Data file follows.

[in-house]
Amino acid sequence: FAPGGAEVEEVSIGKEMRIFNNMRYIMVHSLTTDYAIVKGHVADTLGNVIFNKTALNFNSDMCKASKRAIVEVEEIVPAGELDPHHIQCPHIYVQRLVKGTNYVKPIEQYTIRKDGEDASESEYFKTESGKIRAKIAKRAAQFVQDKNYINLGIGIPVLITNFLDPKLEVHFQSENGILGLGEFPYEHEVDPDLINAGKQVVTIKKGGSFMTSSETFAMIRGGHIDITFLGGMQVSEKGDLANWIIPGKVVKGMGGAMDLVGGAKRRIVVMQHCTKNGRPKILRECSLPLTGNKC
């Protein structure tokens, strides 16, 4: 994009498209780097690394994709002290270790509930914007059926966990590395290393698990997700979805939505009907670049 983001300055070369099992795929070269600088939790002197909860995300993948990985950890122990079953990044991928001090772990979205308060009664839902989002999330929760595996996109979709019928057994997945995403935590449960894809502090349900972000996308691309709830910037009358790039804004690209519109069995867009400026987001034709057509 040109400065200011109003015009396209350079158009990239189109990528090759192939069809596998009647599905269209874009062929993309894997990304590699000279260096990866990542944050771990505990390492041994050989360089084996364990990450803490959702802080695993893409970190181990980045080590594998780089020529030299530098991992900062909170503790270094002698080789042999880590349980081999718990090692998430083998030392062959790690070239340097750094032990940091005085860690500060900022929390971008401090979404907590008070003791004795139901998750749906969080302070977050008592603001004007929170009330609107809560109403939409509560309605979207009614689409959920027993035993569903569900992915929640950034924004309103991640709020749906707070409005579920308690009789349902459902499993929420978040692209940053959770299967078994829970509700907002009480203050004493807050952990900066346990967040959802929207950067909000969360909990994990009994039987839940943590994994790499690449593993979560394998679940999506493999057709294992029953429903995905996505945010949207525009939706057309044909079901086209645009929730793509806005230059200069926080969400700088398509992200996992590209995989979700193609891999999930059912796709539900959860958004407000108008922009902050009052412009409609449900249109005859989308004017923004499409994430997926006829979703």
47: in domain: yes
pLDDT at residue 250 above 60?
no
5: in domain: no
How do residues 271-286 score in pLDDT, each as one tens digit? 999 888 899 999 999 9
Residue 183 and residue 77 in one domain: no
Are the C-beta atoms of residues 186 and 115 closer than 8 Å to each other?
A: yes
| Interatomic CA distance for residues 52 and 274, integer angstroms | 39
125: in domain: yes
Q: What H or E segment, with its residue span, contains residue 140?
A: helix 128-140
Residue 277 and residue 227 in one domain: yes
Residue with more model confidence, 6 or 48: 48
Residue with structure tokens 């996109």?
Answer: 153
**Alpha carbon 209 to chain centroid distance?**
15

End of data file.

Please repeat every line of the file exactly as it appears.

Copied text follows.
[in-house]
Amino acid sequence: FAPGGAEVEEVSIGKEMRIFNNMRYIMVHSLTTDYAIVKGHVADTLGNVIFNKTALNFNSDMCKASKRAIVEVEEIVPAGELDPHHIQCPHIYVQRLVKGTNYVKPIEQYTIRKDGEDASESEYFKTESGKIRAKIAKRAAQFVQDKNYINLGIGIPVLITNFLDPKLEVHFQSENGILGLGEFPYEHEVDPDLINAGKQVVTIKKGGSFMTSSETFAMIRGGHIDITFLGGMQVSEKGDLANWIIPGKVVKGMGGAMDLVGGAKRRIVVMQHCTKNGRPKILRECSLPLTGNKC
């Protein structure tokens, strides 16, 4: 994009498209780097690394994709002290270790509930914007059926966990590395290393698990997700979805939505009907670049 983001300055070369099992795929070269600088939790002197909860995300993948990985950890122990079953990044991928001090772990979205308060009664839902989002999330929760595996996109979709019928057994997945995403935590449960894809502090349900972000996308691309709830910037009358790039804004690209519109069995867009400026987001034709057509 040109400065200011109003015009396209350079158009990239189109990528090759192939069809596998009647599905269209874009062929993309894997990304590699000279260096990866990542944050771990505990390492041994050989360089084996364990990450803490959702802080695993893409970190181990980045080590594998780089020529030299530098991992900062909170503790270094002698080789042999880590349980081999718990090692998430083998030392062959790690070239340097750094032990940091005085860690500060900022929390971008401090979404907590008070003791004795139901998750749906969080302070977050008592603001004007929170009330609107809560109403939409509560309605979207009614689409959920027993035993569903569900992915929640950034924004309103991640709020749906707070409005579920308690009789349902459902499993929420978040692209940053959770299967078994829970509700907002009480203050004493807050952990900066346990967040959802929207950067909000969360909990994990009994039987839940943590994994790499690449593993979560394998679940999506493999057709294992029953429903995905996505945010949207525009939706057309044909079901086209645009929730793509806005230059200069926080969400700088398509992200996992590209995989979700193609891999999930059912796709539900959860958004407000108008922009902050009052412009409609449900249109005859989308004017923004499409994430997926006829979703």
47: in domain: yes
pLDDT at residue 250 above 60?
no
5: in domain: no
How do residues 271-286 score in pLDDT, each as one tens digit? 999 888 899 999 999 9
Residue 183 and residue 77 in one domain: no
Are the C-beta atoms of residues 186 and 115 closer than 8 Å to each other?
A: yes
| Interatomic CA distance for residues 52 and 274, integer angstroms | 39
125: in domain: yes
Q: What H or E segment, with its residue span, contains residue 140?
A: helix 128-140
Residue 277 and residue 227 in one domain: yes
Residue with more model confidence, 6 or 48: 48
Residue with structure tokens 């996109």?
Answer: 153
**Alpha carbon 209 to chain centroid distance?**
15